Alcohol is a central nervous system depressant, which can come as a surprise to those who use it as a mood booster and “social lubricant” to help ease awkwardness at events. (There’s a reason we refer to those after-work get-togethers as “happy hours.”) The short-term effects of alcohol make us feel relaxed and help us calm down, which is no doubt why alcohol sales and consumption increased dramatically in 2020 as people used it to de-stress during the Covid-19 pandemic.
Depending on the amount consumed, the habitual level of consumption, and the person’s body mass, the relaxing effects of alcohol can actually make it easier to fall asleep. A body and brain already relaxed from alcohol doesn’t need the full length of a typical Stage 1 of the sleep cycle, which transitions us from awake to sleep states. After that, however, alcohol disrupts later sleep stages as it continues to metabolize. So while a drink or two in the evening may make it easier to fall asleep, it often makes it difficult to stay asleep. It also disrupts the quality of sleep throughout the sleep cycles, including the critical REM (rapid-eye movement) stage.
The first three stages of sleep take us into deeper and deeper states of slumber, and after about 90 minutes of that process we enter REM sleep, the all-important stage in which we dream, consolidate memories, and organize information. We cycle through those four stages throughout the night, with each REM stage longer than the one in the previous cycle. Alcohol disrupts that and makes it difficult to stay asleep for successive cycles. Not only is that bad for the brain, it also has a negative effect on physical and cognitive function the next day, when insomniacs often report daytime sleepiness and fogginess.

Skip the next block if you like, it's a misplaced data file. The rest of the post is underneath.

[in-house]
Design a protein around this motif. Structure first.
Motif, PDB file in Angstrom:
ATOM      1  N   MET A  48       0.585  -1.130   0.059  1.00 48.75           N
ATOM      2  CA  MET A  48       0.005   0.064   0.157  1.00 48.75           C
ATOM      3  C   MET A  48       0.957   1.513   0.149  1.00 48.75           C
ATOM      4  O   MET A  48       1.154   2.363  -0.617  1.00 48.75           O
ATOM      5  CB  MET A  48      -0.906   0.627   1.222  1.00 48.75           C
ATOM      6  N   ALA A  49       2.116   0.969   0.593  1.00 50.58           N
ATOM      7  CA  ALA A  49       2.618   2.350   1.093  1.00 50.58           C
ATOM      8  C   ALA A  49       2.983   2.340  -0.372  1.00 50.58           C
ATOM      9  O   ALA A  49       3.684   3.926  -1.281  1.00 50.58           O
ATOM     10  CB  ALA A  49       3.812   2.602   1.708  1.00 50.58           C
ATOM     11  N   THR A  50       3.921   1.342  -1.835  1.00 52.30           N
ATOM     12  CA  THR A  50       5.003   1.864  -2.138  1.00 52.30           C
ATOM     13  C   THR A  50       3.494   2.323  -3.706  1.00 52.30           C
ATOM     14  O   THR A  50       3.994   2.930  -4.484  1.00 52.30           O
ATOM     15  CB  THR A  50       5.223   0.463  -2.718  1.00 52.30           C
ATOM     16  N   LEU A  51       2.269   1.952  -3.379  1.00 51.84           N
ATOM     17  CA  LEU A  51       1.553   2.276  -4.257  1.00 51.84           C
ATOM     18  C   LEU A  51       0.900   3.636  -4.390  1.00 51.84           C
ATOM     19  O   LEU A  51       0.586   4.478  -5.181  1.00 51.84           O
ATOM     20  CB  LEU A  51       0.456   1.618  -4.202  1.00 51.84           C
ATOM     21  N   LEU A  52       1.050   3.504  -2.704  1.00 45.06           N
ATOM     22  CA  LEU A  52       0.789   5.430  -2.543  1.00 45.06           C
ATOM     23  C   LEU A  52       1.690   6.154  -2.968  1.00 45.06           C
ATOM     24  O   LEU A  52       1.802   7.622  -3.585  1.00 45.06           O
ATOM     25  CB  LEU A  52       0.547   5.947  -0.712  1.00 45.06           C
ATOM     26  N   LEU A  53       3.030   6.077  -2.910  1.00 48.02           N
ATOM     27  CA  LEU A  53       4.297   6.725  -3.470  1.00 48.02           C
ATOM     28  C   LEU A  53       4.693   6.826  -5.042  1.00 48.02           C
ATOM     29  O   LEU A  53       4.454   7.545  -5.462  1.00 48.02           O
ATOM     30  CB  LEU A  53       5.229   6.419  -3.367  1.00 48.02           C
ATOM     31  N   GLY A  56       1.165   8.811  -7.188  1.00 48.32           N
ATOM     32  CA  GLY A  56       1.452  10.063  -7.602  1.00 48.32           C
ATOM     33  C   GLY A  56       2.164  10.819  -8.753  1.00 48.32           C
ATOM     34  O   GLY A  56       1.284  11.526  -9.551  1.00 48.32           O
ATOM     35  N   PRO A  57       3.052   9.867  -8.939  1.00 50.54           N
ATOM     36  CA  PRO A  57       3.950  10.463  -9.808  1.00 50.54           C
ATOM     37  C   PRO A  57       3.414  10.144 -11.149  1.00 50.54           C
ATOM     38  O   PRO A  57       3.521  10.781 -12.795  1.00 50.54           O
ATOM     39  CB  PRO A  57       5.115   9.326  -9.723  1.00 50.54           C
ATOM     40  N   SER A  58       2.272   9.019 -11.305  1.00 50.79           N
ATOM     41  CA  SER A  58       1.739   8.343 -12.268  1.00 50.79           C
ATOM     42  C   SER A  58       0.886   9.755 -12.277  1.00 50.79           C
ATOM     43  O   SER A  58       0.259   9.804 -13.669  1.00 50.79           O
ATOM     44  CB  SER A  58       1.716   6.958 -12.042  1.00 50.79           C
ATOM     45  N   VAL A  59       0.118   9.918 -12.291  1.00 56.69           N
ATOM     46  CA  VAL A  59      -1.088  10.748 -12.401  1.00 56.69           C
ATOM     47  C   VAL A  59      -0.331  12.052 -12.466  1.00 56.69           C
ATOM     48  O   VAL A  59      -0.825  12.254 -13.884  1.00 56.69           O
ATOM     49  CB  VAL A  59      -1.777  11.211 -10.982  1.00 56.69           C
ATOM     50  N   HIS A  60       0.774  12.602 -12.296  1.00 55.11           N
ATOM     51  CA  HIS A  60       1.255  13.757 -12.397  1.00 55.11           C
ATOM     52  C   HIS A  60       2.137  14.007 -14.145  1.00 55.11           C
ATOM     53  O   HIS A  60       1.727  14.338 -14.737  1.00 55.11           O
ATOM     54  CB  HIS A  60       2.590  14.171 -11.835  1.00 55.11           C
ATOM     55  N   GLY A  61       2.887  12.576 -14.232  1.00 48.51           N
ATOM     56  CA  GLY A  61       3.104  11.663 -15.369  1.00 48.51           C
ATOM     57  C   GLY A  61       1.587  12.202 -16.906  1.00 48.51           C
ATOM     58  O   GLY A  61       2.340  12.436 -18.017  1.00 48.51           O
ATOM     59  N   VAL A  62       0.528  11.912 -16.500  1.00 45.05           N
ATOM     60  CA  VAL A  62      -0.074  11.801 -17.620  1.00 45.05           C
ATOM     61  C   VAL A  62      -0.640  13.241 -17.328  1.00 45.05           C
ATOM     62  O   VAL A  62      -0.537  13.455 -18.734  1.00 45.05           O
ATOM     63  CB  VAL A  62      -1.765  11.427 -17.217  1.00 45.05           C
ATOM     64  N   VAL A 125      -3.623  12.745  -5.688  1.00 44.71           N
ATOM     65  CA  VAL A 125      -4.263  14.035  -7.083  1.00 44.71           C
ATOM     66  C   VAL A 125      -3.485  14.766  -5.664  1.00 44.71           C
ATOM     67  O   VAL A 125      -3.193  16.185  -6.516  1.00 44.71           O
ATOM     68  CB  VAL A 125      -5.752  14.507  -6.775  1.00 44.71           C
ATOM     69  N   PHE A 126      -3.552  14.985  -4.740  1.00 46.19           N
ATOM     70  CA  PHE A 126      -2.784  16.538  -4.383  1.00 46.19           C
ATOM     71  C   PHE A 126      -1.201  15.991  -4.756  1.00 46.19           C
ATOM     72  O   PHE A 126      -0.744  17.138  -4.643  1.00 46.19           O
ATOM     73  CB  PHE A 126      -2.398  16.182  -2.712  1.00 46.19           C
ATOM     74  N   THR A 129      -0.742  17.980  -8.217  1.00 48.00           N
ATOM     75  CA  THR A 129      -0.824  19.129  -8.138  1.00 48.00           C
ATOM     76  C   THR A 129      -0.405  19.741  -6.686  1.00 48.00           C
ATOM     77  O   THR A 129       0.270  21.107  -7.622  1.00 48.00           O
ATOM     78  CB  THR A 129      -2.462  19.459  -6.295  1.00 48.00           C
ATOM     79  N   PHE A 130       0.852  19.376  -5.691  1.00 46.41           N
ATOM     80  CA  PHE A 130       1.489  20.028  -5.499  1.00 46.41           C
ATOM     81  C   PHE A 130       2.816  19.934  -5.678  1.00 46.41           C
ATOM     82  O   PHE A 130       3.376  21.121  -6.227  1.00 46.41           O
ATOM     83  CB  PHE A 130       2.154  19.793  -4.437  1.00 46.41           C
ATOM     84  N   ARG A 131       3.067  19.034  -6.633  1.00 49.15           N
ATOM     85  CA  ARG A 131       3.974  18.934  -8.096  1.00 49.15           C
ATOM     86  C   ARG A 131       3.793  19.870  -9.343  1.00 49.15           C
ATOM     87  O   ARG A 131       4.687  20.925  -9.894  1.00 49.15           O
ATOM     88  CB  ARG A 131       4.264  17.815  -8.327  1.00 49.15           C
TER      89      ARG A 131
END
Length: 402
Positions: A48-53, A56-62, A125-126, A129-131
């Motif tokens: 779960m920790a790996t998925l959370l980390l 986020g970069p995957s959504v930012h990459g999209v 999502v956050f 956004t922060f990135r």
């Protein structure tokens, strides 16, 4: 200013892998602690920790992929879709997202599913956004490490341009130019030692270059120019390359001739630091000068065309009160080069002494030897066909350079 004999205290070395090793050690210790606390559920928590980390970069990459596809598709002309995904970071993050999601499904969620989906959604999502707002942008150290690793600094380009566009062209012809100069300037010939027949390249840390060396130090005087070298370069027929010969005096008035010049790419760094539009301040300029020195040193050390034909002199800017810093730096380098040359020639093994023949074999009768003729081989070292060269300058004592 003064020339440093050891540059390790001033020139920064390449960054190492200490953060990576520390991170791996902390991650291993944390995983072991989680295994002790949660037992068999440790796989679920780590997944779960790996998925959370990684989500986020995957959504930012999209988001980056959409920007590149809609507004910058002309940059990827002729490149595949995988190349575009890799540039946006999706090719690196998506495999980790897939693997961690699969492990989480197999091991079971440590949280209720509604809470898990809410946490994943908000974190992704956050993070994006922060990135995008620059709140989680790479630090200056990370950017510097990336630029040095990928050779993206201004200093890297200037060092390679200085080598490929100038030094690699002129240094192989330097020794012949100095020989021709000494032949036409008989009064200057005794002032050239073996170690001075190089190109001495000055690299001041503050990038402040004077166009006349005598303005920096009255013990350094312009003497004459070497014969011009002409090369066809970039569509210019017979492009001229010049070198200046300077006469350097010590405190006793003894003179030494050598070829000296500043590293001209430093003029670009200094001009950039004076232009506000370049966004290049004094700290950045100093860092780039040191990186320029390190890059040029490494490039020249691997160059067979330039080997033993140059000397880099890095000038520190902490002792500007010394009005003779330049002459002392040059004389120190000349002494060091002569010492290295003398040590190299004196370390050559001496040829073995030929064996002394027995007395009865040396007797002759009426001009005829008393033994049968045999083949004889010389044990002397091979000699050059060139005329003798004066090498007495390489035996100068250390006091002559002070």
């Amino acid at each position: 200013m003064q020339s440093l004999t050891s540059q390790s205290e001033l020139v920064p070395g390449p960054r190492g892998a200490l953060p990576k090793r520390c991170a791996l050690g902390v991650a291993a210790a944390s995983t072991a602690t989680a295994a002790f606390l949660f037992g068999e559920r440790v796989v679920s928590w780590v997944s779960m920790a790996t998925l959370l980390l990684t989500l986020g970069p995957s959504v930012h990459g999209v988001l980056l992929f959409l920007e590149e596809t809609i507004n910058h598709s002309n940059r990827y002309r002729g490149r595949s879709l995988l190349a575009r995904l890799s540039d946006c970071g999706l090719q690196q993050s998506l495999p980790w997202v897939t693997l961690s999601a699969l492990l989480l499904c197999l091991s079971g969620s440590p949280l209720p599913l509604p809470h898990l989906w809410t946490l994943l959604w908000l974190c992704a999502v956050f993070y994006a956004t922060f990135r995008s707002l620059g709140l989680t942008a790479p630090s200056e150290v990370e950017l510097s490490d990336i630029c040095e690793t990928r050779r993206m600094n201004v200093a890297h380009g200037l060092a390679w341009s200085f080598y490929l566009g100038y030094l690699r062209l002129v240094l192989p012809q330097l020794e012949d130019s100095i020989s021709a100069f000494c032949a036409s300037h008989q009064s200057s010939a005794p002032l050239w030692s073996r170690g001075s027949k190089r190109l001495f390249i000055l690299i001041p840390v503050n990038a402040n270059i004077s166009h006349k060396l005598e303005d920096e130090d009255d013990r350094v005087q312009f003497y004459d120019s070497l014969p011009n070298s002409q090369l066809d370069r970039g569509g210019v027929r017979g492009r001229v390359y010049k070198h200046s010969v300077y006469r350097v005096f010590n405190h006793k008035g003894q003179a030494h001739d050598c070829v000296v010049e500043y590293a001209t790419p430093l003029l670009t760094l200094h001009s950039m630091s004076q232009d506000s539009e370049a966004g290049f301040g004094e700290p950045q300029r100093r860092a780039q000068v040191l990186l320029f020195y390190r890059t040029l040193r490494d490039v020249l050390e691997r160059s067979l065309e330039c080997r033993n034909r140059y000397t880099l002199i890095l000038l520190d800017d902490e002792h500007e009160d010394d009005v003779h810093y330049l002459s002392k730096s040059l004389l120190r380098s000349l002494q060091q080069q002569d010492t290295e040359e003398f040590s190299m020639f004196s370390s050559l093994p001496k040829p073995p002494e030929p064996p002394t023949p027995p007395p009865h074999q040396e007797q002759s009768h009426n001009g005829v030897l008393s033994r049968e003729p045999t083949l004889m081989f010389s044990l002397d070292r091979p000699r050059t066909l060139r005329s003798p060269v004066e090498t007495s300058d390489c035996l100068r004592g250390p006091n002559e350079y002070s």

While we may associate heavy drinking with college students, older adults may binge drink (four or more drinks in one sitting) as well. Older adults also report insomnia more frequently than younger people, and one study found a correlation between binge drinking and insomnia in adults 50 and over. So if insomnia is plaguing you and you consume four or more drinks at a time, simply cutting back may be beneficial.
There have been many, many studies over the years investigating the health effects of alcohol, both positive and negative. It has been shown to raise the risk of some cancers, and it has also been shown to reduce the risk of heart disease. I believe that an occasional drink may do you some good – in terms of mood, relaxation, and heart health – but overdoing it is no doubt harmful. If you suffer from insomnia, especially the middle-of-the-night variety that keeps you from getting a full night’s sleep, I would advise cutting back on alcohol to see if that helps.
Andrew Weil, M.D.
Sleep, Sleepiness, and Alcohol Use
Alcohol and Sleep
What Happens When You Sleep
Pollard MS, Tucker JS, Green HD. Changes in Adult Alcohol Use and Consequences During the COVID-19 Pandemic in the US. JAMA Netw Open. 2020;3(9):e2022942. doi:10.1001/jamanetworkopen.2020.22942
Grossman ER, Benjamin-Neelon SE, Sonnenschein S. Alcohol Consumption during the COVID-19 Pandemic: A Cross-Sectional Survey of US Adults. Int J Environ Res Public Health. 2020;17(24):9189. Published 2020 Dec 9. doi:10.3390/ijerph17249189
Canham SL, Kaufmann CN, Mauro PM, Mojtabai R, Spira AP. Binge drinking and insomnia in middle-aged and older adults: the Health and Retirement Study. Int J Geriatr Psychiatry. 2015 Mar;30(3):284-91. doi: 10.1002/gps.4139. Epub 2014 May 5. PMID: 24798772; PMCID: PMC4221579.